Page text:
In such cases, the residents are not the indigenous inhabitants of the territories and are, in effect, the beneficiaries of colonial rule. The rationale being that it would be perverse and contradictory to condone past colonialism on the strength of a principle (self-determination) which was primarily designed to dismantle colonialism. Hong Kong is just one example of the application of these rules of international law by the UN. Macau is another. Both Hong Kong and Macau, The British and Portuguese colonial enclaves in southern China, were removed from the list of non-self-governing territories in 1972 by the UN on the basis that their status was that of ‘Chinese territory occupied by British and Portuguese authorities’. Hong Kong was subsequently transferred to China as a Special Administrative Region in 1997 and Macau in 1999. In neither case was the local population consulted.

    According to the UN, the British colony of Gibraltar is also ‘a special and particular case’ where the principle of self-determination is trumped by the rule on territorial integrity, for four reasons:

    First, although Britain seized Gibraltar in 1704 during the Spanish Wars of Succession, by Article X of the Treaty of Utrecht, Spain ceded to Great Britain ‘the full and entire propriety of the town and castle of Gibraltar’ – nothing more.
    Although this has been interpreted by some to involve a cession of sovereignty, Professor James Crawford from Cambridge University, the foremost authority on this aspect of international law, does not accept that this was so. The ‘propriety’ was yielded ‘without any territorial jurisdiction’. Moreover, the treaty imposes a number of clear restrictions on the cession and on the use of Gibraltar by the British for example, a use of the maritime waters limited to those of the port, with restrictions regarding the settlement by nationalities historically hostile to Spain, the reversionary clause, and others.

    The terms of the treaty thus clearly evidence that the territory is part of Spain’s sovereign territory that is currently occupied conditionally, under the terms of the treaty, by the United Kingdom. Gibraltar is therefore a contested colonial territory and the UN has been constrained to take this into account when considering the decolonization process.

    Second, the Treaty of Utrecht contains a reversionary clause providing that if Britain should ever decide to relinquish the ‘propriety’ of Gibraltar, Spain would be entitled to reclaim it before any other option were considered; both Britain and Spain accept that this means ruling out independence for Gibraltar for as long as Spain retains its claim.

    Third, even if Spain were to remove its claim, the constitutional status of Gibraltar does not meet the standard UN criteria for delisting (either through independence or free association or integration with the former administering power, with the latter having no reserve powers to legislate). The issue of reserve powers is the key sticking point here. This is because the British Governor of Gibraltar continues to exercise power as an administering authority.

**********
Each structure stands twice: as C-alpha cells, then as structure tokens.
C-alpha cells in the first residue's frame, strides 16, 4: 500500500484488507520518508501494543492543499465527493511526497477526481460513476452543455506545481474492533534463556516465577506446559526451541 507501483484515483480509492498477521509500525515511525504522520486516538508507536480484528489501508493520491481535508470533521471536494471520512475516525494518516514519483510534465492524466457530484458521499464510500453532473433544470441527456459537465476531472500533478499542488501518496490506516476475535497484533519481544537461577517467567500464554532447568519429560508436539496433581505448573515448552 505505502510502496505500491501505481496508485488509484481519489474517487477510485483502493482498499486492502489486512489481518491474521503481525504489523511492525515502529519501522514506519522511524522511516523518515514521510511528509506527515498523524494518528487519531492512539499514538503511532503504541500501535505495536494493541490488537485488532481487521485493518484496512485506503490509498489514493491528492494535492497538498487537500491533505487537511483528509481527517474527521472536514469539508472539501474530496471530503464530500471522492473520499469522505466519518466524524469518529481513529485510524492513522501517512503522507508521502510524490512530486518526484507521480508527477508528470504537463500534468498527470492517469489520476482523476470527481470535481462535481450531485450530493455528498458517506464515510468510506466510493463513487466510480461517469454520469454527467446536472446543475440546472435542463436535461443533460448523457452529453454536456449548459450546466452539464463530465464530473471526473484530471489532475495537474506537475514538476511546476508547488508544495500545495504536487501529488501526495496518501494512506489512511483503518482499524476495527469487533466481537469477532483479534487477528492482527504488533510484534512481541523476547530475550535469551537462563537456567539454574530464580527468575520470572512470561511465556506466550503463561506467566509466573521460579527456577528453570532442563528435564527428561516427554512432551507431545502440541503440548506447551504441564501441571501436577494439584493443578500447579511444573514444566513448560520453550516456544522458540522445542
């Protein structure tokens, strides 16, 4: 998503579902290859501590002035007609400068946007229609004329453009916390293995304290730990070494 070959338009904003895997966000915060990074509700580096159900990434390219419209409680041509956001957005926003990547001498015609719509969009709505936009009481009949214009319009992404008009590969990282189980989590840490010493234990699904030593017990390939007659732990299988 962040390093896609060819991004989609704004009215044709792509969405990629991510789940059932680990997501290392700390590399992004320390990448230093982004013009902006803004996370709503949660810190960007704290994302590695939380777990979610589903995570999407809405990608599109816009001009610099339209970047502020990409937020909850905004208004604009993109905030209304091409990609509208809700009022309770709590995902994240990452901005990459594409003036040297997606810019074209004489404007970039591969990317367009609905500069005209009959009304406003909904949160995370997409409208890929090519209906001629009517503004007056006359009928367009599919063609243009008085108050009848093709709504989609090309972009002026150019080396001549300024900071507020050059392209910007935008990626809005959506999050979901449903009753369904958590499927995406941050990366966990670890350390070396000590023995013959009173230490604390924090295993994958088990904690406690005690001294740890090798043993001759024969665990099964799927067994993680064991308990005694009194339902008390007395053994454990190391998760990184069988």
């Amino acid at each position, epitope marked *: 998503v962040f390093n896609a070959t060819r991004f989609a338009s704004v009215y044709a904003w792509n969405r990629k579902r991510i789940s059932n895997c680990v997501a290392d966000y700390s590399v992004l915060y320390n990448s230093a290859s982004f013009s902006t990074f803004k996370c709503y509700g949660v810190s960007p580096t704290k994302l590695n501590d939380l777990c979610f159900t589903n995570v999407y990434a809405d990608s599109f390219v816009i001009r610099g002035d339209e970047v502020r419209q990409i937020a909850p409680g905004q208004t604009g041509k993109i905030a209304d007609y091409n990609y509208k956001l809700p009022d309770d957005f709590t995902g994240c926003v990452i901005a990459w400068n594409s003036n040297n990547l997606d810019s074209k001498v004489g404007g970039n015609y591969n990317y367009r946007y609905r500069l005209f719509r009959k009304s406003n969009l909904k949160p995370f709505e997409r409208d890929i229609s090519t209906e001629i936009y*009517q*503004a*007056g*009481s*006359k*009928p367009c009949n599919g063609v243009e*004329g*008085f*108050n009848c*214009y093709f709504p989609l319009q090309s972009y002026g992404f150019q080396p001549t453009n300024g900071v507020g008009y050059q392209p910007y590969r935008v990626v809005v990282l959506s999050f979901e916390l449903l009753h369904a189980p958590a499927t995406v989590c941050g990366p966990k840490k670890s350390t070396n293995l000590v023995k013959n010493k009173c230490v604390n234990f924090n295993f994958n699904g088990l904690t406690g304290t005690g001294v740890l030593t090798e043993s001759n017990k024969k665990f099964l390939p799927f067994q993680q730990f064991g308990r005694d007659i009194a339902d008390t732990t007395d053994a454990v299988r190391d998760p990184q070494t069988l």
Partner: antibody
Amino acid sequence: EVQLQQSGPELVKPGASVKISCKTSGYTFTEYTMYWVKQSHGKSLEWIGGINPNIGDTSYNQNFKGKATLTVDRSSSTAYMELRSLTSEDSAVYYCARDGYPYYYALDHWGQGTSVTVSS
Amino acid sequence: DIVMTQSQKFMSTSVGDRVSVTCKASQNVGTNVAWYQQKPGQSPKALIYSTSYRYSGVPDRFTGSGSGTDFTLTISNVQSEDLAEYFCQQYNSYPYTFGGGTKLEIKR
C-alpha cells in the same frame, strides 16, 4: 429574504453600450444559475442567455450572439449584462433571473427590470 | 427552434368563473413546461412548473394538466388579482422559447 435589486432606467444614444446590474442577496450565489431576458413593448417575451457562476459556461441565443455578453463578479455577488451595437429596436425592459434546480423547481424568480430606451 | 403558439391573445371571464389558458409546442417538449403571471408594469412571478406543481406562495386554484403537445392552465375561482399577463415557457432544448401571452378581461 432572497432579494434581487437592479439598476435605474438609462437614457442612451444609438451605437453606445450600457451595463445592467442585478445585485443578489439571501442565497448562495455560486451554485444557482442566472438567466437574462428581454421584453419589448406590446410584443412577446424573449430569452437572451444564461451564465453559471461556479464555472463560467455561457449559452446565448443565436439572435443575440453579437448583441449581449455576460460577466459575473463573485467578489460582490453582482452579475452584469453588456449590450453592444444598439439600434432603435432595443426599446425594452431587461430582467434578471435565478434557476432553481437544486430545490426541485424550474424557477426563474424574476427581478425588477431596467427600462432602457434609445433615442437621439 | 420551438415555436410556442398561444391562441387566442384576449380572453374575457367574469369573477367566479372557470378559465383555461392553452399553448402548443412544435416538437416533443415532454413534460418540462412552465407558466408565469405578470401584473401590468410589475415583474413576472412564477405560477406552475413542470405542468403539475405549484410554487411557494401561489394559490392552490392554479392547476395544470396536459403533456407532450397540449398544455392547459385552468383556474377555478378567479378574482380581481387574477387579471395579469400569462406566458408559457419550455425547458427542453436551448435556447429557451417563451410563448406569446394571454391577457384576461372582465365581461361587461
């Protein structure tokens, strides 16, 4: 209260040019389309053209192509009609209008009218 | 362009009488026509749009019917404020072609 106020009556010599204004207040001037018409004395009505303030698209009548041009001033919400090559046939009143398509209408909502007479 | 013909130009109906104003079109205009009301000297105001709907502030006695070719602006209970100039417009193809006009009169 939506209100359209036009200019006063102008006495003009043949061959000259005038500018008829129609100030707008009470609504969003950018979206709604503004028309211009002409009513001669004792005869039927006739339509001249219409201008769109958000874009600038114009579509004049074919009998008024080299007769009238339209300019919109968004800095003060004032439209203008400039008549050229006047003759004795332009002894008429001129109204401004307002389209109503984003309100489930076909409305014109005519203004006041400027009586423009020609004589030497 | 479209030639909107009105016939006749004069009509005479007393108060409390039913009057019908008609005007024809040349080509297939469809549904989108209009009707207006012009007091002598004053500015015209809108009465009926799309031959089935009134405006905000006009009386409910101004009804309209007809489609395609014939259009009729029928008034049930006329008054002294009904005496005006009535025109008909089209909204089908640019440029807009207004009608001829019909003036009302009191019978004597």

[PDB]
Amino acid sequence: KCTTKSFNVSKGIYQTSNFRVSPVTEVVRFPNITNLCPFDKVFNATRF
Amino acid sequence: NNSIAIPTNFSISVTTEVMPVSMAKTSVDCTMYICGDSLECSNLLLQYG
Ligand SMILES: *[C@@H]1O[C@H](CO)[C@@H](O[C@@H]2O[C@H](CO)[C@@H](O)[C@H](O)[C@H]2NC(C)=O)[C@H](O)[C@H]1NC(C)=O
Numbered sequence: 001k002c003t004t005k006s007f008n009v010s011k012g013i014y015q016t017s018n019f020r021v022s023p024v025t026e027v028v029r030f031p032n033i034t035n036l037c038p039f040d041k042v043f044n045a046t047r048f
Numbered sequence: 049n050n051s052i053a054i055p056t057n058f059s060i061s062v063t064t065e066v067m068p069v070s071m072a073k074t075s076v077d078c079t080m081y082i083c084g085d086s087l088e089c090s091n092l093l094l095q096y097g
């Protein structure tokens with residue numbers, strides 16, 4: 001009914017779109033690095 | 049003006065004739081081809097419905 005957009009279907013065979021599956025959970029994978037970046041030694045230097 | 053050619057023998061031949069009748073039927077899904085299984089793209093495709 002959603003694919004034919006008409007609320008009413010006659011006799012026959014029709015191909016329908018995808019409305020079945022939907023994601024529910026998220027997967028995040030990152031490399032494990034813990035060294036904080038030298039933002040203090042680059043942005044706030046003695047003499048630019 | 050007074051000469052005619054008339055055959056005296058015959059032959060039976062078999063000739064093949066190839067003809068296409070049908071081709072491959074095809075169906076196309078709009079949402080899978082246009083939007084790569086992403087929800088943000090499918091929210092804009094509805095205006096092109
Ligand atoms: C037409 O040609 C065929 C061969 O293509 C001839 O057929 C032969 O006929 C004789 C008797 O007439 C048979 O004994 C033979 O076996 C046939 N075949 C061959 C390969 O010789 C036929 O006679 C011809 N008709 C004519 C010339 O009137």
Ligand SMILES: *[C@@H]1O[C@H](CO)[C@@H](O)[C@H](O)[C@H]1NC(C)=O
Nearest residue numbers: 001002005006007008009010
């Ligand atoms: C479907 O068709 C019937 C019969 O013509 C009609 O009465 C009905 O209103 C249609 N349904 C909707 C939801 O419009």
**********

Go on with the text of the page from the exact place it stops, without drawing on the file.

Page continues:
Gibraltar’s argument that the UN misunderstands the role of the Governor, who acts on behalf of the Queen as Queen of Gibraltar, not on her behalf as Queen of the United Kingdom or on behalf of the UK Government, is not surprisingly, not seen as persuasive by the UN.

    Fourth, the isthmus that joins the town and the Rock of Gibraltar to the Iberian Peninsula, and on which the airport has been constructed, is not covered by the Treaty of Utrecht and its sovereignty is therefore the subject of a separate dispute between Britain and Spain.

    Save yourself further embarrassment and learn how to correctly interpret ICJ decisions and opinions by reading Chapter 14 of Professor Crawford’s book: The Creation of States in International Law, 2nd Edition, Clarendon Press, 2007.

  7. FurtherBeyond

    Article 73 of the UN Charter, 4 UN ICJ Advisory Opinions a1 UN ICJ Judgment and 2 UN human rights covenants that all confirm ‘that the right to self-determination is applicable to ALL non-self-governing territories’ -v- your Professor Crawford. Chuckle…chuckle. PS in any conflict the UN Charter prevails, Article 73 also kills off any return clause that Utrecht has. Treaties that violate human rights are obviously flexible to take such things into account. PS The 1995 East Timor judgment gave self-determination an erga omnes character – that means that even Spain has to respect it.

  8. FurtherBeyond

    The Isthmus has gone forever under the following rules: (I) extinctive prescription which means that Spain’s case was lost 30 years after the formation of the PCIJ in 1952 and under the rules of ‘Immemorial Possession’ . Spain has also signed the Helsinki Agreement that stipulates ‘that borders in Europe can only be changed by ”consent”. Spain can’t even go to the ICJ over the Isthmus because she turned down the UK’s offer to go to Court in 1969.

    PS the concept of ‘Conquest and Subjugation’ was a legal method of obtaining territory from the 16th Century right up to the formation of the League of Nations in the early 20th. Lol

  9. Game set and match….

    I think its a fact the world accepts gibraltar as their own rightful territory…but you keep spouting what grandad franco taught you…your making him proud. #democracyfail